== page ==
Fossil shows T. rex was a hunter, not a scavenger

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A predator after all!

That was my thought when I read recent pieces about a very special fossil from the Hell Creek Formation of South Dakota.

Here’s some background: If you saw the movie “Jurassic Park,” you may think that Tyrannosaurus rex was the biggest predator of all time. That’s certainly the way the movie portrays the 40-foot-long dinosaur that could weigh 7 tons. But there’s actually been a long debate in scientific circles about whether T. rex was a predator chasing down live prey or a scavenger feasting on dead carcasses.

A number of scientists have thought that T. rex was too huge to be fast on his feet. The big dino, in this view, couldn’t chase down other dinosaurs, some of which were much smaller and seem more built for speed. These scientists have argued that T. rex likely “made a living” like vultures do today, eating the flesh of animals that were already dead.

The debate about the nature of T. rex has gone on for decades. There just wasn’t solid evidence that could clinch the case one way or another. Some people saw T. rex as a giant killing machine, some as a much more passive scavenger. But the debate has now changed due to an incredibly lucky break several scientists got from a fossil recovered in South Dakota.

The fossil is from the tail of a duckbill dinosaur. Embedded in one of the bones in the tail is a tooth. And that tooth, scientists say, is from a T. rex.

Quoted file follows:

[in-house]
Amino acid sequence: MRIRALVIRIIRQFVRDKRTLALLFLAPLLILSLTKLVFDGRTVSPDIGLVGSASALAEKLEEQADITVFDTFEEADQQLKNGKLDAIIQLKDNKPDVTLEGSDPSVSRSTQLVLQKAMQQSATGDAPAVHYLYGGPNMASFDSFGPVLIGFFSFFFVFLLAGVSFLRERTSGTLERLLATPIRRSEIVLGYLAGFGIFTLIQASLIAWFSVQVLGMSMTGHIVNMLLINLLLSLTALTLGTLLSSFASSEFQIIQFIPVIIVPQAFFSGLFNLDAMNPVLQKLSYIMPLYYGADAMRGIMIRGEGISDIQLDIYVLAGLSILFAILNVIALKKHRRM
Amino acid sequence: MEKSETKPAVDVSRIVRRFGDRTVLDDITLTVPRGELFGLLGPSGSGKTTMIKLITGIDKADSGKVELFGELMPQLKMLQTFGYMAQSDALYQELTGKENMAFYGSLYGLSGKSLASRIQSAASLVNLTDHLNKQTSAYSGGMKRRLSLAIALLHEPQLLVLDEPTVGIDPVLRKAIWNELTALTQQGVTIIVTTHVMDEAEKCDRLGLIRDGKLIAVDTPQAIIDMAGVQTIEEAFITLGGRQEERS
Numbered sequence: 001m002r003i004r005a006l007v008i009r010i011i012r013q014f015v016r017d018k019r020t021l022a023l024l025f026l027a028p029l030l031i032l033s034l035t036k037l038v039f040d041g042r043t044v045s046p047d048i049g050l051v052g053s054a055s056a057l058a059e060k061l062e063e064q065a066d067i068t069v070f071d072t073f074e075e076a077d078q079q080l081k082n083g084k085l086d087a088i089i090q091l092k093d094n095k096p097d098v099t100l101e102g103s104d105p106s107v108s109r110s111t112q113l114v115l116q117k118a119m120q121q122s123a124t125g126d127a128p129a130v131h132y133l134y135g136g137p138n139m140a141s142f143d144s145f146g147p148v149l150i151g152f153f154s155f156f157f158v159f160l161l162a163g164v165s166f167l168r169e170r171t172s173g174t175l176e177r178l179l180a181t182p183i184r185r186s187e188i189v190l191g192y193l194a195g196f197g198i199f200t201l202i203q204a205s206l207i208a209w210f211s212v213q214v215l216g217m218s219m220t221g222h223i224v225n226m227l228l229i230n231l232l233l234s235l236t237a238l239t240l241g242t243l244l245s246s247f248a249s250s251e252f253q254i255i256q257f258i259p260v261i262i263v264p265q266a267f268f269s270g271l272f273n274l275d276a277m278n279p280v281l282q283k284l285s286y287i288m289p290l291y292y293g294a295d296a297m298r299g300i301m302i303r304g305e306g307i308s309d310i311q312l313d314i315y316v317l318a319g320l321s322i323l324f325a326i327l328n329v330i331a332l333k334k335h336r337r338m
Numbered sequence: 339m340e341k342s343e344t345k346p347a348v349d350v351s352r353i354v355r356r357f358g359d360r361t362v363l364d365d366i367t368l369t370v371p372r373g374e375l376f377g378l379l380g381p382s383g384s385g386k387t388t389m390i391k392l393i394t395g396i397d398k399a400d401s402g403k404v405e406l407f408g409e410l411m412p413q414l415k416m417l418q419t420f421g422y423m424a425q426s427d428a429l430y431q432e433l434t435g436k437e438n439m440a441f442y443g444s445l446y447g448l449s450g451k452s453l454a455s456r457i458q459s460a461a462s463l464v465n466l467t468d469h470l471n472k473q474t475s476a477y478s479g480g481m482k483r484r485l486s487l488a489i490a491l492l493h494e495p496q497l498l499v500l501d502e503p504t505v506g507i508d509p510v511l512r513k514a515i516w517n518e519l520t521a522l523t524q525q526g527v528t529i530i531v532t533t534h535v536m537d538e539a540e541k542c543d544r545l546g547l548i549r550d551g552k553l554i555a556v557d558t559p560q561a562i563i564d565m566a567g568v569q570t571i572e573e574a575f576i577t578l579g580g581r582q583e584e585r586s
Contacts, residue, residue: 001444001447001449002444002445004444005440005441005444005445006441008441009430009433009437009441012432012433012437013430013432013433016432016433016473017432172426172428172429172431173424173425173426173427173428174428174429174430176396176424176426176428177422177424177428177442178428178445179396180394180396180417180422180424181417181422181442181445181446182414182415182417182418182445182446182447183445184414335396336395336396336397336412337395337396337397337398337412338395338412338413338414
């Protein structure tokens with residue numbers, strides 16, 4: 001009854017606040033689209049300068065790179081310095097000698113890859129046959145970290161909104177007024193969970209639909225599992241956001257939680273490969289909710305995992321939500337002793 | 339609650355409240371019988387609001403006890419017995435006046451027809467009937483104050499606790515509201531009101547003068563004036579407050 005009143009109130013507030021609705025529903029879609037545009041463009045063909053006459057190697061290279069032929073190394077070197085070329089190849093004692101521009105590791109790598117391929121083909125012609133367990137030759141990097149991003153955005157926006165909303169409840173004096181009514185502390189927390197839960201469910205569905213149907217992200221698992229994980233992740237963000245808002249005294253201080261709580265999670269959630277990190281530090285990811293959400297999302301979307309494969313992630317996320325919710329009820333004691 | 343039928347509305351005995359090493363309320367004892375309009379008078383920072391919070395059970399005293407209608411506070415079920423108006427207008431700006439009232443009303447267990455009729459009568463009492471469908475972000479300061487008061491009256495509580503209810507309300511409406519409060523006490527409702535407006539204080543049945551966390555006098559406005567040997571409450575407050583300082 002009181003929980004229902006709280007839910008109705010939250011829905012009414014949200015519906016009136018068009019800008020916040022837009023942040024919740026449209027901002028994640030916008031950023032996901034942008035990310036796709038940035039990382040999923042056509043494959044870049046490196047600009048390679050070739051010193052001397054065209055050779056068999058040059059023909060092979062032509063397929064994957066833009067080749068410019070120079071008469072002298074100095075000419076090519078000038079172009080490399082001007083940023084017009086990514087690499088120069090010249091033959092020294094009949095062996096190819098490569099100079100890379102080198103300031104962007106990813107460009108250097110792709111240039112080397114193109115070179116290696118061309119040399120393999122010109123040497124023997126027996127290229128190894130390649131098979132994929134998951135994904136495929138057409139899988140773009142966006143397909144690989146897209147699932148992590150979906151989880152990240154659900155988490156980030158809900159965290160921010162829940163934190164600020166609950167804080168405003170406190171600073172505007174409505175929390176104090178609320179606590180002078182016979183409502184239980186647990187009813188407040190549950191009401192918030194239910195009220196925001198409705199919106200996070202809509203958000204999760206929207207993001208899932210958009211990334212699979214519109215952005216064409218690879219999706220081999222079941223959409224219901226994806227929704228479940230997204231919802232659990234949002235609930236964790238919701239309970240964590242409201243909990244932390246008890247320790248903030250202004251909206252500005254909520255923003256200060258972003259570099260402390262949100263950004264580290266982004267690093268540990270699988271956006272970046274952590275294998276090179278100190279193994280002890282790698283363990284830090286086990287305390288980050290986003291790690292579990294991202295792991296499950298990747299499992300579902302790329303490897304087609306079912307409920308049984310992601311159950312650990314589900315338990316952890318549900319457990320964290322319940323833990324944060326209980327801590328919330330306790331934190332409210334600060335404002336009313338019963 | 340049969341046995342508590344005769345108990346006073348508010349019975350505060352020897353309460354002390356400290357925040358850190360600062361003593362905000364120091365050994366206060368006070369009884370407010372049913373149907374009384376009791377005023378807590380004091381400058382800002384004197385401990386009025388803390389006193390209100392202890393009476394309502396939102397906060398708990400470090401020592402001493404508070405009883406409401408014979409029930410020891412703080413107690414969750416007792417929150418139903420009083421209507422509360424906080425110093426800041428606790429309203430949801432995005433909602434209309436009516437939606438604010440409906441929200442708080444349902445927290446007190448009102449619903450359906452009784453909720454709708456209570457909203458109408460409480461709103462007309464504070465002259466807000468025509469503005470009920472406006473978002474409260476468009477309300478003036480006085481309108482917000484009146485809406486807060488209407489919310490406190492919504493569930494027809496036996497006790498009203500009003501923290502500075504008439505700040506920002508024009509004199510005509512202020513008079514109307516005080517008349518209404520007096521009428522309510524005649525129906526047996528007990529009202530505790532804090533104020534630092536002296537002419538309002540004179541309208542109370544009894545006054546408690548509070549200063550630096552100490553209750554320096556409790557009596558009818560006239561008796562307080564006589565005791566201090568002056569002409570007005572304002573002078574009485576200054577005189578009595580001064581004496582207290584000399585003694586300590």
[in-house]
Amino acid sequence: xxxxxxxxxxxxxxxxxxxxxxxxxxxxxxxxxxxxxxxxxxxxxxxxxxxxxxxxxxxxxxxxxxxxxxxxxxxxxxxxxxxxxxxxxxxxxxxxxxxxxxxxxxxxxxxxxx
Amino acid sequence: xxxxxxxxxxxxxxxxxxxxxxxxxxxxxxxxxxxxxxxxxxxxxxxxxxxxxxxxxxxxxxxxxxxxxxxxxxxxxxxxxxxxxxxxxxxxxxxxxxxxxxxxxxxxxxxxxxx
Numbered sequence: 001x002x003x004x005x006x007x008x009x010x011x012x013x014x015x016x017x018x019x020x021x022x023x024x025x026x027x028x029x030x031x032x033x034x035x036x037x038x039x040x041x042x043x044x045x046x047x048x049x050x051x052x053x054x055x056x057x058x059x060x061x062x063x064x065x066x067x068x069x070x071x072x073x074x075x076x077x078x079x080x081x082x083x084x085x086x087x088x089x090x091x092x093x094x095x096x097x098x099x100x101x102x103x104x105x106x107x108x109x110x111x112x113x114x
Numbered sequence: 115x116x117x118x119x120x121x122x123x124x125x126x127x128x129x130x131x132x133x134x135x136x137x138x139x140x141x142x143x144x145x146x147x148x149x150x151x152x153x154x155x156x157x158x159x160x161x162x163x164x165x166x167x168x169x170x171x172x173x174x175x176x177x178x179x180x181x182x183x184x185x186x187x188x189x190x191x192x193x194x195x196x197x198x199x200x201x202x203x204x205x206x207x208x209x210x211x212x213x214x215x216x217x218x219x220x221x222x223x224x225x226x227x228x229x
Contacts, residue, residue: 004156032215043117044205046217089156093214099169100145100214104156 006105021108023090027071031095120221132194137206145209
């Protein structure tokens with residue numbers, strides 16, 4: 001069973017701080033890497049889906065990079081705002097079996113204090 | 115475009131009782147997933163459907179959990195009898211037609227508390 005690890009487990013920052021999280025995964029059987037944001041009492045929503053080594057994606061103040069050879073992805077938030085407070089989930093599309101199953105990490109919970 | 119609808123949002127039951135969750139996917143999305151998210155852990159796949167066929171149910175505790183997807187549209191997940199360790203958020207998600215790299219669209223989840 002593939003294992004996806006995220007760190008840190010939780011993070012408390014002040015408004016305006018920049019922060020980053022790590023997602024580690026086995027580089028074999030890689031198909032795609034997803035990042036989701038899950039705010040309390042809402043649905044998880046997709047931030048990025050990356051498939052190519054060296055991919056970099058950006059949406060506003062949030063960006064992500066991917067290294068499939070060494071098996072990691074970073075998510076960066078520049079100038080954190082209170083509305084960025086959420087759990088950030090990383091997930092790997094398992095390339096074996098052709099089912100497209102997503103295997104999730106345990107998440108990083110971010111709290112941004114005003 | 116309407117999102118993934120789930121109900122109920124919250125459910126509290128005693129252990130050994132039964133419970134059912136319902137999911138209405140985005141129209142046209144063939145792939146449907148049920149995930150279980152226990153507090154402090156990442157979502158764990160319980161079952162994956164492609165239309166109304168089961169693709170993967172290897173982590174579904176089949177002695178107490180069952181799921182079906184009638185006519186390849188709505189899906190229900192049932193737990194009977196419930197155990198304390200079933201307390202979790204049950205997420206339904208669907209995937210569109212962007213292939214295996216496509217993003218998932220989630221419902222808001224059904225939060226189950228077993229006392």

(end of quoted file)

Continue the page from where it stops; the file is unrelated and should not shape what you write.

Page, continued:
“The features of the tooth are like fingerprints, and we were able to identify it as T. rex,” said David Burnham to CNN. Burnham is a paleontologist at the University of Kansas.

Burnham and his colleagues on the project took the fossil for a CT scan at a hospital. A doctor there joked, “It’s too late for your patient.”

The important part of the story is that the tooth is embedded in a piece of tailbone that has healed over. In other words, a T. rex bit the tail of a duckbill dinosaur hard enough that its tooth broke off. The duckbill, however, escaped, and lived long enough that its bones healed, likely over a period of a few years.

That’s quite a story to come from one fossil.

“We were giddy like school kids,” Burnham said to CNN. “This now returns T. rex (to the ranks of) a predator. So the monsters we see in dinosaurs are real. They did go chasing after things, kill them and eat them. They actively pursued their prey.”

The analysis of the special fossil was worthy of publication in the prestigious Proceedings of the National Academy of Sciences.

I’m left with two thoughts. One is that I’m glad T. rex no longer roams the land. Even as a scavenger he seemed worthy of our nightmares, and as a predator he is over the top. The other is that 8-year-olds everywhere can rejoice with the news they were right about the giant beast all along.

E. Kirsten Peters, Ph.D., a native of the rural Northwest, was trained as a geologist at Princeton and Harvard. This column is a service of the College of Agricultural, Human and Natural Resource Sciences at Washington State University.

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